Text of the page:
Where Wrestling's Regional History Lives!
- Rich Tate
everyone, and welcome to my column on the history and events of Georgia
Championship Wrestling. I
thank Vince for allowing me a place to relate my memories and
recollections of what I feel was one of the most anticipated television
wrestling programs in history, as well as a group that could “sell out
any arena in the world”, according to the late, great Gordon Solie.
like most of you, anxiously awaited each Saturday afternoon for the time
to tune into WTCG or as it was later known, WTBS.
As I understand it, Georgia Championship Wrestling, hosted by
Solie, as well as Freddie Miller among other short stint co-hosts, was
one of the most watched blocks of television among cable viewers during
the late seventies and early eighties.
That led to the show also becoming a much sought after
advertisement portion of the Superstation’s programming schedule.
column could be written about Georgia Championship Wrestling without
mention of the Dean of wrestling announcers, Mr. Solie himself. Wrestling fans embraced Gordon in much the same fashion as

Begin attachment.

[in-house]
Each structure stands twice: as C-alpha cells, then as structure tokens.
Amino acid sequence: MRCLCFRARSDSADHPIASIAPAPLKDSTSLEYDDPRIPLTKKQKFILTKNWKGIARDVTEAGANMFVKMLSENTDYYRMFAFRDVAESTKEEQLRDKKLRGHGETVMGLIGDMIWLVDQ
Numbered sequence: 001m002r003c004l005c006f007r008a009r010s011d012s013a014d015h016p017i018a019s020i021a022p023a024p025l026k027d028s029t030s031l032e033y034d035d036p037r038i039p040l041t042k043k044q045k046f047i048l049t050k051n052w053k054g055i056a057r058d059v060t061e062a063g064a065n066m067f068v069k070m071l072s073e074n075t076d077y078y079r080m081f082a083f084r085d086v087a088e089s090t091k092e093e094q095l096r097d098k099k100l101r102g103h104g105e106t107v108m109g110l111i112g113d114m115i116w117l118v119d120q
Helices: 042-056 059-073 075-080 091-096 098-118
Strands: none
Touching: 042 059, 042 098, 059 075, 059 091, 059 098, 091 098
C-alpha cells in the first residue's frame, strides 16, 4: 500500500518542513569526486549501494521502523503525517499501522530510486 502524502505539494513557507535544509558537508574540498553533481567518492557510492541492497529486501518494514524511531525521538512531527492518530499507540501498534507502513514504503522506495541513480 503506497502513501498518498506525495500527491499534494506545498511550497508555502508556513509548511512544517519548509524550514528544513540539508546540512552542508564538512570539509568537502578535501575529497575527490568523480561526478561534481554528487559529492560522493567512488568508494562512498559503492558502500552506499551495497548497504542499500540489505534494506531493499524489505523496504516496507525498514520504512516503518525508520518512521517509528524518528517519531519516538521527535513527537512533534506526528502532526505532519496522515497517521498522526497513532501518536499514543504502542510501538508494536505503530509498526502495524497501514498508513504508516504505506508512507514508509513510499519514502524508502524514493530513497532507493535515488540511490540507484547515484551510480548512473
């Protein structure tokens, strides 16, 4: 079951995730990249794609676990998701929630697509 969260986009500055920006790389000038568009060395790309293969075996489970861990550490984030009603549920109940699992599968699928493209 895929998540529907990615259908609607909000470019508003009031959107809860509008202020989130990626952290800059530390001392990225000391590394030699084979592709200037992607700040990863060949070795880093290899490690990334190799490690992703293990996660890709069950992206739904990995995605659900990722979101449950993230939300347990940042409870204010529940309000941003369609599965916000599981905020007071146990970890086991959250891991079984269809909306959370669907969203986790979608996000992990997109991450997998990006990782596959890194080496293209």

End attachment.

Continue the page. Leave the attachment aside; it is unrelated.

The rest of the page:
football fans viewed Keith Jackson, or boxing fans saw Howard Cosell,
and possibly baseball fans with Vin Scully.
Solie brought to each show a sense of drama and realism that is
invisible in announcers today. Definitely
old school, he could announce a match as if you were listening to the
matches on the radio, rather than a visual medium.
As an experiment, I once manipulated the controls on my
television to reflect a simple black screen, and listened to a few
matches rather than watch. I
am sure I was visualizing every single move nearly the way I would have
seen it with my own eyes.
was the beauty of Gordon Solie’s career.
He truly was a master of wrestling play by play.
Arguably, very few other men could even be compared to Solie.
However, if you ever saw Georgia Championship Wrestling, you
probably understand exactly what I felt about the legendary broadcaster.
Gordon started out in 1950 as a radio sports announcer for a station in Tampa, FL. Some of his various jobs had him reading box scores from baseball and football games, before taking the initiative to branch out and begin doing shows for local racing and golfing events.More...